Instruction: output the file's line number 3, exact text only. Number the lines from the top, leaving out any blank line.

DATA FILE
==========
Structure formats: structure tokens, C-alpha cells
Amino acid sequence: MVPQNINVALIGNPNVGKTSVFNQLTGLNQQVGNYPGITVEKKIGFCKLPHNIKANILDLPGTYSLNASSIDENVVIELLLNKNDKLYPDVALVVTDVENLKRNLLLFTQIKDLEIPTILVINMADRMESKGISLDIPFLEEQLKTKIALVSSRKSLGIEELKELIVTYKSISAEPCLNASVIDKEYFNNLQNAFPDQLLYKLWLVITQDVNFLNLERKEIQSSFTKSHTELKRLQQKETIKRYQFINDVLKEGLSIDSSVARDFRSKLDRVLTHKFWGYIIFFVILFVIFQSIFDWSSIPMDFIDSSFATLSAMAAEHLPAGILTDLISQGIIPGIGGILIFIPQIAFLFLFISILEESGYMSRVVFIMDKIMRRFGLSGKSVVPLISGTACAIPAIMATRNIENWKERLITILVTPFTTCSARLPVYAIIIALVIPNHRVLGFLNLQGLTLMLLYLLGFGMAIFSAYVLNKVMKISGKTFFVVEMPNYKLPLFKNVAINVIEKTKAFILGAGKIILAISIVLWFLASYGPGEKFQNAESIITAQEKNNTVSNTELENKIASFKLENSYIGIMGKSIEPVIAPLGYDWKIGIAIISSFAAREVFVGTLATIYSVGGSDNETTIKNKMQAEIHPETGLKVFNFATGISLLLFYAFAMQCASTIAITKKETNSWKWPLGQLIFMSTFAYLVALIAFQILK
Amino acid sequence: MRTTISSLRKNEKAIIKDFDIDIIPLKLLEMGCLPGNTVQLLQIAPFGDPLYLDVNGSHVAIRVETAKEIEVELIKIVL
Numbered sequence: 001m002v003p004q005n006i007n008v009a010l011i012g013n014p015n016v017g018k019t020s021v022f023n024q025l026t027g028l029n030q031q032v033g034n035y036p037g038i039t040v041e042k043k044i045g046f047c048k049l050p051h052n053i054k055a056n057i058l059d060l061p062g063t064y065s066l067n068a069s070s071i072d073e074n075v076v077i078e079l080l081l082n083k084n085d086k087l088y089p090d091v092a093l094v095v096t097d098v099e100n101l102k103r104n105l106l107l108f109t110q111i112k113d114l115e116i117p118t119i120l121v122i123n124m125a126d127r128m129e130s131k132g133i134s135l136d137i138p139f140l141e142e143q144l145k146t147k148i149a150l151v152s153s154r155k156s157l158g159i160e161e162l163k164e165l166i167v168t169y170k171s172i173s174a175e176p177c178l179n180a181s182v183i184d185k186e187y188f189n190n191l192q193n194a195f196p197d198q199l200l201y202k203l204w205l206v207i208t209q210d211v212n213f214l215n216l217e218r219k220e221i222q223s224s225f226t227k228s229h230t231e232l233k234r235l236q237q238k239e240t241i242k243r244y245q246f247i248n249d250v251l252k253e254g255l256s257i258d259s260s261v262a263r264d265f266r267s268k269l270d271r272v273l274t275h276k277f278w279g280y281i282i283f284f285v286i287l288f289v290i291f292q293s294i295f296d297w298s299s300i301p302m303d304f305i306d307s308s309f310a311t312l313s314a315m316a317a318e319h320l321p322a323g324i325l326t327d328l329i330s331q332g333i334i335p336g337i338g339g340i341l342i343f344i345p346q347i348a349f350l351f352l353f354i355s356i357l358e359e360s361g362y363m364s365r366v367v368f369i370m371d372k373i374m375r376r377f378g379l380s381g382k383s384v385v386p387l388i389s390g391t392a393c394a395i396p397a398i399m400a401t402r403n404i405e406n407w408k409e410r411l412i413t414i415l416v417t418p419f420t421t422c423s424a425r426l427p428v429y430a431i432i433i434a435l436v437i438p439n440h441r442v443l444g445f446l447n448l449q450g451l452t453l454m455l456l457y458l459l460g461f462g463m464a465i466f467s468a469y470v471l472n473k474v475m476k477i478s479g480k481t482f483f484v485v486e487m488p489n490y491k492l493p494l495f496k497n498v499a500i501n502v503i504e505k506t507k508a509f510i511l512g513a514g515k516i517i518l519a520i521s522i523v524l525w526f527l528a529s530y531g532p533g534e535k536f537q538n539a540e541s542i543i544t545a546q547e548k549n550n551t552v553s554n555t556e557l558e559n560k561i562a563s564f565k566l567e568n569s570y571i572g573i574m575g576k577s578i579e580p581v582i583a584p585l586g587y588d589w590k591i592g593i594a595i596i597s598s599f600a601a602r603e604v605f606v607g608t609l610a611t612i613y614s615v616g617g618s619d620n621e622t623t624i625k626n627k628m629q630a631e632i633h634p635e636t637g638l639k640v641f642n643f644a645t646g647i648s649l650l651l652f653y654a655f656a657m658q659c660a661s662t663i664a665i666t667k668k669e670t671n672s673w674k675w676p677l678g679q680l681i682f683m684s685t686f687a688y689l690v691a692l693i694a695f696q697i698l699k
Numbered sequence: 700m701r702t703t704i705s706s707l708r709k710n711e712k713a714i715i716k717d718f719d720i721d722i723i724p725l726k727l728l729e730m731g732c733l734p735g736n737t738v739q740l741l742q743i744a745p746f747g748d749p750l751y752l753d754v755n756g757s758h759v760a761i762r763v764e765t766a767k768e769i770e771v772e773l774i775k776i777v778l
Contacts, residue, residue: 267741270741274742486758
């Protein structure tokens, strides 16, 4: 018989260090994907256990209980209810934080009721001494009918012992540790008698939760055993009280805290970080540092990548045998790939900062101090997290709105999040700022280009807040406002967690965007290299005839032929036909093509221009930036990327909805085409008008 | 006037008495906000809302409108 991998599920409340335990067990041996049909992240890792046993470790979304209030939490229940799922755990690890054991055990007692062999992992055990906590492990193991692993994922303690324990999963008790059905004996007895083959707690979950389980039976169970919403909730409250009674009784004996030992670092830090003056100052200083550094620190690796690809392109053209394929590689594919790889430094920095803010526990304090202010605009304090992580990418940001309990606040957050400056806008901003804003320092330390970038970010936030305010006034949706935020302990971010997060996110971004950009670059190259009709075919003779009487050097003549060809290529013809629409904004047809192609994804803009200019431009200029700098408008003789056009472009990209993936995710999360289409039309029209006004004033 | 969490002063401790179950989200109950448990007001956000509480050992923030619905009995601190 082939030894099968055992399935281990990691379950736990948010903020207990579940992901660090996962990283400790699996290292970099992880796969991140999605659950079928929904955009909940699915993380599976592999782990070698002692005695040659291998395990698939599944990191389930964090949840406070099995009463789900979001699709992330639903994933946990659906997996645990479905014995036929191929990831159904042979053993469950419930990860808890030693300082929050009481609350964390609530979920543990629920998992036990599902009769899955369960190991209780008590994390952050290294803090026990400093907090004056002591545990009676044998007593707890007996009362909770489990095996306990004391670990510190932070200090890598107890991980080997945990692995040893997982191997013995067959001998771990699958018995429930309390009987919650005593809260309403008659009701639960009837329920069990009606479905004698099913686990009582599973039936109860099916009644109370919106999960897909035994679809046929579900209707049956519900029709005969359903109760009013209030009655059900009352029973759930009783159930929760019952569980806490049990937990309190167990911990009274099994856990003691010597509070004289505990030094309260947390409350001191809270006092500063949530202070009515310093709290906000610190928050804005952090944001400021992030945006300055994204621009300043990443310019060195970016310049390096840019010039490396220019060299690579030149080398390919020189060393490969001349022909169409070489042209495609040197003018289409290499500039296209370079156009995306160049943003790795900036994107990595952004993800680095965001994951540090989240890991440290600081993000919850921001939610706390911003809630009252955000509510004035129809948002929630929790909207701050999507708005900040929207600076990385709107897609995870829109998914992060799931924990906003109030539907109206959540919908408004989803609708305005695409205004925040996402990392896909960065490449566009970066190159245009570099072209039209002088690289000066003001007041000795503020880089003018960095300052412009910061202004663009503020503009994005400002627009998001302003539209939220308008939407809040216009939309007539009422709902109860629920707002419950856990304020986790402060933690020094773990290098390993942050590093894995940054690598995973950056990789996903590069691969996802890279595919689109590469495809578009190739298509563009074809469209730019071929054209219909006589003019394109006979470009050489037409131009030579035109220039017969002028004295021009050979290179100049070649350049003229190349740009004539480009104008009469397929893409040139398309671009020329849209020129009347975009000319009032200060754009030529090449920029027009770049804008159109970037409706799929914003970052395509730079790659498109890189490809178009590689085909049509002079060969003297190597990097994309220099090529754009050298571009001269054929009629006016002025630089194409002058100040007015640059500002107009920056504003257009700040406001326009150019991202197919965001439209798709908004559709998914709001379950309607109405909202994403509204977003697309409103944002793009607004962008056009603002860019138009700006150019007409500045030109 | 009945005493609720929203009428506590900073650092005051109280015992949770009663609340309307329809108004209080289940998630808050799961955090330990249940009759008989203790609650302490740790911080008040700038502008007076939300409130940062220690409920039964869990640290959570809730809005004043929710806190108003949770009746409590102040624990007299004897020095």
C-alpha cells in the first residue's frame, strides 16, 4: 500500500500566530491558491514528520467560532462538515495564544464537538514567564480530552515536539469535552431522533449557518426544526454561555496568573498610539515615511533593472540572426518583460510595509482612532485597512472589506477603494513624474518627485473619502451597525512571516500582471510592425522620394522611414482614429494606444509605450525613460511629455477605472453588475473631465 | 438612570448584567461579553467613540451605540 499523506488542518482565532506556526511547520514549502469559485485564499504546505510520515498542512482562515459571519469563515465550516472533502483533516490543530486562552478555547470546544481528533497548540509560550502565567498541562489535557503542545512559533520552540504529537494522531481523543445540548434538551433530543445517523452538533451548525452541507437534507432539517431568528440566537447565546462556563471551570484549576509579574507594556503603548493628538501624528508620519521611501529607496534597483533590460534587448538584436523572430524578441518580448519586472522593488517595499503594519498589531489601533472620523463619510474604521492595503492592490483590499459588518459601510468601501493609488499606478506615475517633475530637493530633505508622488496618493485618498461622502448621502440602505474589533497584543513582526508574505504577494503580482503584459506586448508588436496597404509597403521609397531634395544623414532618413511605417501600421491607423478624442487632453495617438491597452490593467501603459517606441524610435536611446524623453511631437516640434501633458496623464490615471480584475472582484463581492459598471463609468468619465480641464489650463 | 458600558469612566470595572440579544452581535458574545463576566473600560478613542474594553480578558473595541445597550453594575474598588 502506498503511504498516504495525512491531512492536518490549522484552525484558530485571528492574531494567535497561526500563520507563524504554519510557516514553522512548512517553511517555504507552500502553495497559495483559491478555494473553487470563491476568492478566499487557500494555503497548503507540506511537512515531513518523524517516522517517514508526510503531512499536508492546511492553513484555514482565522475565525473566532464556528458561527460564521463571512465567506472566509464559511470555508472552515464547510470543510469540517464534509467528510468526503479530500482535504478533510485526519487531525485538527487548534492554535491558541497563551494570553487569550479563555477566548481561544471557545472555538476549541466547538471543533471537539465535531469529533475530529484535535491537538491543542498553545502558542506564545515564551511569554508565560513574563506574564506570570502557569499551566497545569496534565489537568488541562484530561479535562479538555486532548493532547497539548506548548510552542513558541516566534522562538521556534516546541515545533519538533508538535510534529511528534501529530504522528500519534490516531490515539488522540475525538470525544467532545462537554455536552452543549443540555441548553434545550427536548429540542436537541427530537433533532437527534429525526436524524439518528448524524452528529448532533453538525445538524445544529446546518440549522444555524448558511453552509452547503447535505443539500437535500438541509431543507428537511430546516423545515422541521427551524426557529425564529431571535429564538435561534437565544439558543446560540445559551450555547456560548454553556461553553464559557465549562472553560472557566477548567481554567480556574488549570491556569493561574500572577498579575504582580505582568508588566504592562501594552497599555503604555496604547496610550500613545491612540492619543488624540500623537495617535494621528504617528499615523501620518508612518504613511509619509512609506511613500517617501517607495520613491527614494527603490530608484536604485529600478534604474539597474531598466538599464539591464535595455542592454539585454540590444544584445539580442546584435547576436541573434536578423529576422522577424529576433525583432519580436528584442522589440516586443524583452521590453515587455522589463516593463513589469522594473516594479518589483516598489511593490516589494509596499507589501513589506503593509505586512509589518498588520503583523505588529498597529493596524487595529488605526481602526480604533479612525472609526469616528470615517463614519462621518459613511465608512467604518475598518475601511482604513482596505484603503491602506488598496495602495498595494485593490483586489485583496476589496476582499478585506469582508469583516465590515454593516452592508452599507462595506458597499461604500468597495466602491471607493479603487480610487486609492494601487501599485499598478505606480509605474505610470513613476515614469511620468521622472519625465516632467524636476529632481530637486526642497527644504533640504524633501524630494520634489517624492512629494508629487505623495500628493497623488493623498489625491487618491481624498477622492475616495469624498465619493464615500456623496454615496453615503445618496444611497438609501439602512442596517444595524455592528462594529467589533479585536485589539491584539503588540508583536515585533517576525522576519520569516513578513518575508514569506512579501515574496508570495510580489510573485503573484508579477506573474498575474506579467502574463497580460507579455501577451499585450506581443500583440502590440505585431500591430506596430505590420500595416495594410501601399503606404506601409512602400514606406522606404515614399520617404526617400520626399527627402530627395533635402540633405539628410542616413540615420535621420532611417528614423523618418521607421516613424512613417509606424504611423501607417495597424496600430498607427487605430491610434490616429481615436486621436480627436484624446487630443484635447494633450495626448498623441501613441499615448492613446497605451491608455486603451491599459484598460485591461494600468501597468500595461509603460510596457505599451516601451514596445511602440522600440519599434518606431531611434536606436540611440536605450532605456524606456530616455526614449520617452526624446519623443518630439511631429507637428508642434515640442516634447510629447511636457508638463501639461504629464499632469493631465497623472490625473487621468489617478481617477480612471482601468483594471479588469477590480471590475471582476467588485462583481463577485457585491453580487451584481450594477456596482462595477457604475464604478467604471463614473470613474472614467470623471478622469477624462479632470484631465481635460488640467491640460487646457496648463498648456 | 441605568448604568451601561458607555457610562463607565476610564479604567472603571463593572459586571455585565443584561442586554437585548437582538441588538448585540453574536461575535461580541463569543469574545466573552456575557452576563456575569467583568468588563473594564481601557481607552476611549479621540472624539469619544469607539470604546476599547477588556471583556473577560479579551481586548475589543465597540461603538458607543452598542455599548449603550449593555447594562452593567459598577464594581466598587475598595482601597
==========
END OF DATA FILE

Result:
Amino acid sequence: MRTTISSLRKNEKAIIKDFDIDIIPLKLLEMGCLPGNTVQLLQIAPFGDPLYLDVNGSHVAIRVETAKEIEVELIKIVL